I have, for many years now, frequently found myself held rapt by unexpected visions of the apocalypse. Upon a rooftop bar, for example, I will be admiring the skyline and then suddenly see it burst into flame. The shock wave of a bomb might, in the right sunlight, shatter the windows of the room in which I am sitting. Or, perhaps, I will be watching the birds skim across the sparkling surface of the gulf, only to see it swell into a massive wave that crashes into the shore, obliterating everything. I assume this kind of thing is not all that uncommon. But what I think is remarkable in my case is the context of these visions: they are all joyful. They are peopled by crowds not fleeing in terror but celebrating. Singing, dancing, laughing in the face of doom as it washes them away. Defiant, delirious, and most importantly, transcendent.
These visions likely have their roots in my experiences during the aftermath of Hurricane Katrina in New Orleans, when, in the midst of what really was in most senses an apocalypse, we would sing and dance and drink and laugh all night because we were still alive and still in New Orleans. So for the longest time, I was convinced that maybe my visions were a product my mind having taken these memories, and, logically following the thread they trace through everything else, extrapolating them to some bleak, almost inevitable future, when perhaps the only option left was to laugh at our folly as we all perished. But recently, having watching the people around me wring their hands and declare the imminent apocalypse at every little twitch of history, I have come to realize that these visions are not prophecies of some dark future, but metaphors of our consistently unremarkable present. The world ends every day. With every choice we make, we teeter along the border of annihilation.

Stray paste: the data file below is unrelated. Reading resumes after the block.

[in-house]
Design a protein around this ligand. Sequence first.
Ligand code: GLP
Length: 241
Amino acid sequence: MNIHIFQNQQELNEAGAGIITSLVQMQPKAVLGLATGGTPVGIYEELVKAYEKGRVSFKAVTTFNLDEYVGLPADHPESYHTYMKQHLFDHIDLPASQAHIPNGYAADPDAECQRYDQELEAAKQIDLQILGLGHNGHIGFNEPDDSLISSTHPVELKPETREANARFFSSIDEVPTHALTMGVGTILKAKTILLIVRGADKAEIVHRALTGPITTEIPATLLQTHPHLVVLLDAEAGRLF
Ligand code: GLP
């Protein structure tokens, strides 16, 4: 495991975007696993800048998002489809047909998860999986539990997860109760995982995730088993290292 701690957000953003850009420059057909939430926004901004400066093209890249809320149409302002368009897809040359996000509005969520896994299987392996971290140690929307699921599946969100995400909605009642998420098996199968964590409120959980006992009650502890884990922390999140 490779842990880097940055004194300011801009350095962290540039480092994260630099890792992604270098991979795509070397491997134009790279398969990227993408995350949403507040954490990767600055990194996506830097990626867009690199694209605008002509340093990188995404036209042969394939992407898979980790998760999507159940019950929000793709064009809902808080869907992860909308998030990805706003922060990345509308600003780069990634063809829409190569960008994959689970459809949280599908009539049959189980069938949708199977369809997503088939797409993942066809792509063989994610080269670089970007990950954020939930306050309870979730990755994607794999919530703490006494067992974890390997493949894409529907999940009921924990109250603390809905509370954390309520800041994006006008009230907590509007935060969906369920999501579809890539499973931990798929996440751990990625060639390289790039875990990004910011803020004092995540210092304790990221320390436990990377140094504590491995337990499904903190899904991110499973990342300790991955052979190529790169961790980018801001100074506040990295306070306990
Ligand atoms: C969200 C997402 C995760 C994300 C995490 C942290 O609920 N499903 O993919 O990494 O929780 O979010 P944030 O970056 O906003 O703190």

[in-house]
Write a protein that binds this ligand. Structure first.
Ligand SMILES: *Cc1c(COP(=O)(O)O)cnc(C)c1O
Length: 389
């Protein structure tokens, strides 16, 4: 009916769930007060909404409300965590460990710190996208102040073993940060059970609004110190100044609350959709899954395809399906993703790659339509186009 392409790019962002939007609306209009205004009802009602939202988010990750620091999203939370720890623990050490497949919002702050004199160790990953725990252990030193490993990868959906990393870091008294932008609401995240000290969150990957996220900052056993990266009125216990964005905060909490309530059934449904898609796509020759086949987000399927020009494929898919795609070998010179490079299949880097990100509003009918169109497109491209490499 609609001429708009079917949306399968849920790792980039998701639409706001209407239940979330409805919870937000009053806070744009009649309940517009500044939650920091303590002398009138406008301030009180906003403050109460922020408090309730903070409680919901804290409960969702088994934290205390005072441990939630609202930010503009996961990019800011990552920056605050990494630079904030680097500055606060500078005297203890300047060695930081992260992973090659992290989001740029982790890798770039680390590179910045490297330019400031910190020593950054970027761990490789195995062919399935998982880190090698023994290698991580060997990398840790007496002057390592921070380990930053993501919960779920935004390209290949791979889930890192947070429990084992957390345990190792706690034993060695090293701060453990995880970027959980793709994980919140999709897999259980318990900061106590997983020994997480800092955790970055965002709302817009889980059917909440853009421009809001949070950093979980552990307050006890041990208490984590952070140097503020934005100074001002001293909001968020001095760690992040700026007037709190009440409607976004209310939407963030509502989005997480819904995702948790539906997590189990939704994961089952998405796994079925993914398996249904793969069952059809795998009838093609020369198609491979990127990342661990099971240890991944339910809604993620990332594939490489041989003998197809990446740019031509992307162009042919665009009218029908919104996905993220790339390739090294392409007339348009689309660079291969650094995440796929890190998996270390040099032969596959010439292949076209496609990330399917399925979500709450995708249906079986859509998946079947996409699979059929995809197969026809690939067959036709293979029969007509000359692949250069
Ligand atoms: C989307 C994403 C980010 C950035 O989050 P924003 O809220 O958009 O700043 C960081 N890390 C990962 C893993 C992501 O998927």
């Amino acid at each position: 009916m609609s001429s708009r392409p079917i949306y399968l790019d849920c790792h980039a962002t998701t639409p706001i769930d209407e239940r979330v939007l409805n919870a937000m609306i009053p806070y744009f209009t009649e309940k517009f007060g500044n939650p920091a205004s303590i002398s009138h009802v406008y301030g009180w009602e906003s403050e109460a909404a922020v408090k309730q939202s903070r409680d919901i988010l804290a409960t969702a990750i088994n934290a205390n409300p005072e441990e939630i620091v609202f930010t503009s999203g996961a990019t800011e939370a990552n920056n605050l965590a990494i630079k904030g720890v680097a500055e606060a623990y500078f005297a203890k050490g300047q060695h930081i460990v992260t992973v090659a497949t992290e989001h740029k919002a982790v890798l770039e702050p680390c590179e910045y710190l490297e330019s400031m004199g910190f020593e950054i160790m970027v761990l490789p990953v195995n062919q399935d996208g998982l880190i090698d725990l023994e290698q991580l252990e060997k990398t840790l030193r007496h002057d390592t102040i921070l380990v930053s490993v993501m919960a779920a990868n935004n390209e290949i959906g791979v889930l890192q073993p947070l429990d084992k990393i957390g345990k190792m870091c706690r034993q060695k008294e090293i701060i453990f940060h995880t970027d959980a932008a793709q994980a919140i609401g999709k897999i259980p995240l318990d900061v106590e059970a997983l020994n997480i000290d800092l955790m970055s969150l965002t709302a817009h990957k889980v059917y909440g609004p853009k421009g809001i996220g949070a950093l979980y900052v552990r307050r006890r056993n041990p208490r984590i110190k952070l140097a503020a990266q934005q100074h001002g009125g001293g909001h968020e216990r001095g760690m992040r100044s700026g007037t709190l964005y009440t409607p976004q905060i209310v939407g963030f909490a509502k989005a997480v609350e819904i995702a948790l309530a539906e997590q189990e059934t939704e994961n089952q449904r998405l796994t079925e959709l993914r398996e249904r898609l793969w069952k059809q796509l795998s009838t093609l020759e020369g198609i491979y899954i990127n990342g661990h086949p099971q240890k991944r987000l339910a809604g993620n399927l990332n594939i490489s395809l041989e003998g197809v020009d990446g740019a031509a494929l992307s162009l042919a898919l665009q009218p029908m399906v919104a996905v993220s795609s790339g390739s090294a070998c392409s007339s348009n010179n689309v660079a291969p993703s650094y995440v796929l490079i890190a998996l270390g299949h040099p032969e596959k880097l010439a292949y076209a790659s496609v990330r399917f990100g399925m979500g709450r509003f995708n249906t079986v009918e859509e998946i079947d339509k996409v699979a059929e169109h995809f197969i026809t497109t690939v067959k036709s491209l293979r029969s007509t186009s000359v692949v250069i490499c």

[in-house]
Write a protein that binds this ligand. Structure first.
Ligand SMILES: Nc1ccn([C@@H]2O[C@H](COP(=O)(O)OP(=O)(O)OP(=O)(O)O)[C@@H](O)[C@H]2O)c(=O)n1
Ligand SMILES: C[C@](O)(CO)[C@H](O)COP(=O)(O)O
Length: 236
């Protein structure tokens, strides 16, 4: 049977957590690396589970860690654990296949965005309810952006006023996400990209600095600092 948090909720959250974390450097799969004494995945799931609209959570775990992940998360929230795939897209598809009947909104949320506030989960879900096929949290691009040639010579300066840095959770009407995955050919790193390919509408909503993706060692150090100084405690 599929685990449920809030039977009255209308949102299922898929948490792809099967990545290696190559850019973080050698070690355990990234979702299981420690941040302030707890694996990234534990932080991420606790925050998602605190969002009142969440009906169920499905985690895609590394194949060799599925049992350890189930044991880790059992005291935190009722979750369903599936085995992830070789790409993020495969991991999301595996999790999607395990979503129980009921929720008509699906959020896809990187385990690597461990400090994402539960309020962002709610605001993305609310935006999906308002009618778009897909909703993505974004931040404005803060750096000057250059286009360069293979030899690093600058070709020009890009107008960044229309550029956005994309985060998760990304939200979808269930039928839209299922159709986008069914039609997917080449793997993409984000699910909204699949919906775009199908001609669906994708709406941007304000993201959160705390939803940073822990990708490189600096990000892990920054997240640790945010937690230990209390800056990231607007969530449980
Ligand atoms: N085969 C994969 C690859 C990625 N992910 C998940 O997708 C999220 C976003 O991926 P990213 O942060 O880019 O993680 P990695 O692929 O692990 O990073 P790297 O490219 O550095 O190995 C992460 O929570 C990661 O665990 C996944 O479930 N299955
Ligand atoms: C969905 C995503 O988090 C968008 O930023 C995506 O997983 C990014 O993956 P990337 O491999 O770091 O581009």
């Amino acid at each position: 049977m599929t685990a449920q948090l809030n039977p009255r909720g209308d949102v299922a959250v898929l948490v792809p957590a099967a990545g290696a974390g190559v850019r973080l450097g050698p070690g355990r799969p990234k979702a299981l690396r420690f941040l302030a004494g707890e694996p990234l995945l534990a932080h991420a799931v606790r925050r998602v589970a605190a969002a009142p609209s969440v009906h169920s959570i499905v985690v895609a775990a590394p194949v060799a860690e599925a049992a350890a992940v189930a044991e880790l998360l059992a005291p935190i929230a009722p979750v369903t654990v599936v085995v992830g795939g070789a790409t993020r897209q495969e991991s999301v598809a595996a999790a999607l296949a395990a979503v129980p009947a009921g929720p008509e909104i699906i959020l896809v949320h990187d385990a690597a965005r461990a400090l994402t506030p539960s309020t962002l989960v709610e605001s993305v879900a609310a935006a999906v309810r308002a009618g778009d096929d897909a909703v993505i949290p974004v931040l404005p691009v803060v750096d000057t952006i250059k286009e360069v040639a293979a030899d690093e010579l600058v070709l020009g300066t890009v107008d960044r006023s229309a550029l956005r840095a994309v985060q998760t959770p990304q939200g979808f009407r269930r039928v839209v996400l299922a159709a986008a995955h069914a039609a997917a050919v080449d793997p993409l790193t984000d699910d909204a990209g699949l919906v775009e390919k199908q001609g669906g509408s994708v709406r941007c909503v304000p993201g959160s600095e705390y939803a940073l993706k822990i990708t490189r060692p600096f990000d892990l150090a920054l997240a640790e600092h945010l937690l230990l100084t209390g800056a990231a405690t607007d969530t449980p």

Hollywood has ruined the apocalypse: it is not some series of spectacular explosions, there are no heroes and villains, there is no great drama playing out that we do not, very nearly consciously, elect to perpetuate. Every day we choose whether or not to continue the world. Cities are destroyed by hurricanes, earthquakes, wars, and we rebuild them. People die, we raise our children. Sadness and suffering inhabit every corner of the earth, but we make music about it, we cook food, we laugh and tell stories and love one another.
Thermodynamics tells us that the tendency toward deterioration, entropy, is the natural direction of things, and yet we have been building out our perversely complex order for millennia. How do we account for this? How do we, a species who across all of time has winced readily at the doom hiding in every circumstance both calculated and unforeseen, manage to create an existence which has lasted more than just a single, fear-addled generation? My guess: compassion. It seems to me that as long as we remember that we are not alone, we believe on some level that this frantic laughter in the face of certain destruction is worth it for each other.
If we could only get everyone to admit that we are all “each other,” we could celebrate with any doom that chose to threaten, and grow stronger with its every failure to defeat us.